We all have our favorite breeds of dog. It might have to do with the prey we’re pursuing, it could be rooted in a childhood memory or it just might be something about a particular dog or breed that attracts us to them. For me, Labs are the be-all, end-all of dogs: family pets, tractable and diverse hunters. But there’s just something I like about Chesapeake Bay Retrievers. I don’t know what it is: one-man dog, their history, that kind of edge they carry with them. There’s just something I like about them.
On the other side of the coin, there are dogs and/or breeds that we might not like for all the same reasons. While talking to a pro recently, he grudgingly admitted there are some breeds he wouldn’t own or recommend to the public. Here are four of them:
Keep in mind, this pro isn’t some hack. He’s been at the dog-training game for decades and has one of the most diverse kennels I’ve ever seen. At any one time you can see retrieving breeds like Labs, Chessies and goldens as well as bird dogs like pointers, wirehairs, setters, Brittanys and everything in between. He probably trains more dogs in a single year than most trainers do in five years.
When asked about dogs he doesn’t like, he was a bit hesitant. Pros tend to have higher standards than those of us with one dog that is also the family pet, hang-out buddy and hunting partner. So, what meets your requirements and what meets a pro’s standard will be much different, as will how and what you train and ask of the dog. After a little prodding, he acquiesced, adding: “people need to know these things!”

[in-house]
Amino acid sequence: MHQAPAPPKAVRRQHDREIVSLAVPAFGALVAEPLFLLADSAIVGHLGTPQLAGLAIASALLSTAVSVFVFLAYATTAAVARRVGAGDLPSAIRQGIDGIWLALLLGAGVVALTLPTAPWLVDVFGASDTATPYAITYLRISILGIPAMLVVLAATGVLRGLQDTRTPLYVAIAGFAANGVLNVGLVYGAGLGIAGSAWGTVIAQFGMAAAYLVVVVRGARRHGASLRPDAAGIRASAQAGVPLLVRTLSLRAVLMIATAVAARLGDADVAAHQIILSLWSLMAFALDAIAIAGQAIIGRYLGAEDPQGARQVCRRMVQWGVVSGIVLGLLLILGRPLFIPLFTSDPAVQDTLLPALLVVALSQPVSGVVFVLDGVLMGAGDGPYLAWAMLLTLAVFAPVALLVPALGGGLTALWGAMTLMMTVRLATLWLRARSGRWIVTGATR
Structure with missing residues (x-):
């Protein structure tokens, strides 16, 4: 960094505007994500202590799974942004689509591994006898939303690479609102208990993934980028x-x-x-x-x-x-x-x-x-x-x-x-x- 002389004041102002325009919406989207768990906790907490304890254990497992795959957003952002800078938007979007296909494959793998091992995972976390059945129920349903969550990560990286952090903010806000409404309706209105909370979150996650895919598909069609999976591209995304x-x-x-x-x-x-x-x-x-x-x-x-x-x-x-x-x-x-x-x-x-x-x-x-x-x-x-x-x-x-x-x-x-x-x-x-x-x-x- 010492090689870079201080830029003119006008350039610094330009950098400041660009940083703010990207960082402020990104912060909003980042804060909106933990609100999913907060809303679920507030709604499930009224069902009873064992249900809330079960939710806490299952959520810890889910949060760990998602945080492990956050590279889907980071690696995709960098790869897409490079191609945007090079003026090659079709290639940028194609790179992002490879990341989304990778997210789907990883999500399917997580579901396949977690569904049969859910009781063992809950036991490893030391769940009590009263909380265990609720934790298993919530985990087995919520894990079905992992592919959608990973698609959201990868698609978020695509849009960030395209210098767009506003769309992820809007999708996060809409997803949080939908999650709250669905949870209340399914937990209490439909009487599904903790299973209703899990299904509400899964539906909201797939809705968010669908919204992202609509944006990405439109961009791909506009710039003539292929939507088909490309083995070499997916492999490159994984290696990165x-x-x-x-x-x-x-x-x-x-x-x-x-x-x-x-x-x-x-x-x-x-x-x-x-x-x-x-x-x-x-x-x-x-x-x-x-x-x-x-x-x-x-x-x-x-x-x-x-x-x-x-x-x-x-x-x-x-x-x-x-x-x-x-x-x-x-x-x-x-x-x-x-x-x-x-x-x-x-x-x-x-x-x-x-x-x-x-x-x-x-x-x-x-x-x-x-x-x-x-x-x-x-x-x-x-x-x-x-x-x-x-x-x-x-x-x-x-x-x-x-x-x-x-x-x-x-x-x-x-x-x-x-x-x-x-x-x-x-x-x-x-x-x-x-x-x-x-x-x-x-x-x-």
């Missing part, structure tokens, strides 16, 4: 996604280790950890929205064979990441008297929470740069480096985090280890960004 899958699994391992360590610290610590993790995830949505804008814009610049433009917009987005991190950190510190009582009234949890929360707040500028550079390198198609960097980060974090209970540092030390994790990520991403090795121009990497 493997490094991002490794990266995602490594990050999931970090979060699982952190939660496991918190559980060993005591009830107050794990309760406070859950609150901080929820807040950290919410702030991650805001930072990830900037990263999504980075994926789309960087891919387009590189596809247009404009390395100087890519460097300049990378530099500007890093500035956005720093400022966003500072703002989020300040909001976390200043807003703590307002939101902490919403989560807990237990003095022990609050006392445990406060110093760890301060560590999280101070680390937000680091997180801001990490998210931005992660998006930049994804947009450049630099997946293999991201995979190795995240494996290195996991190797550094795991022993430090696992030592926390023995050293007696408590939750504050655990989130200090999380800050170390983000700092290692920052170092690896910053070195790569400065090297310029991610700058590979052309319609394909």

Weimaraner and Vizsla: In the case of the Weimaraner, “the show ring has ruined the breed,” according to this pro. Both breeds of dogs that he sees tend to exhibit lower prey drive than other bird-dog breeds. On top of that, he doesn’t like their disposition.
“Those two dogs are really alpha. They’ll get real wolfy on you and bite,” he said. “It’s amazing the number of owners I have come in that once they begin training, really training, their dog, that the dog behaves in a completely different manner because the dog is being asked to do something it hasn’t had to do. People are shocked by it.”
It’s not the first time I’ve heard such a thing. Once, when I was hypothesizing with another pro about how various countries training techniques reflect their society’s moral and global outlook/characteristics, she noted that the dogs that often come to her kennel reflect the same personality traits (or at least stereotyped traits) as the country they originated from. She specifically pointed out German breeds as tending to bite more often or quicker.
Gordon and Irish setters: Like the weim, the show ring has impacted the field performance of these two setters; that’s what happens when you put form ahead of function and judge strictly on appeal to the human eye and not for what’s needed to carry out a specific duty.
In the words of the pro: “They’re junk!”
The only setters he’d recommend to the somebody would be English setters. The one break from that rule would be Celtic-bred red setters from a line in Pennsylvania (he has no connection to the breeder(s)/line of dogs). “Every one of them that I’ve had in for training, which is about 10 or 12, has been just awesome!” he said. “Every one of them would just fly around the field with great style. They all had high prey drive and were real classy dogs with high, 12 o’clock tails.”
So I ask you, users/readers, are there any gun-dog breeds out there that you just don’t like or wouldn’t own? If so, why? Is it their disposition, tractability, prey drive, field performance, upkeep or some other reason?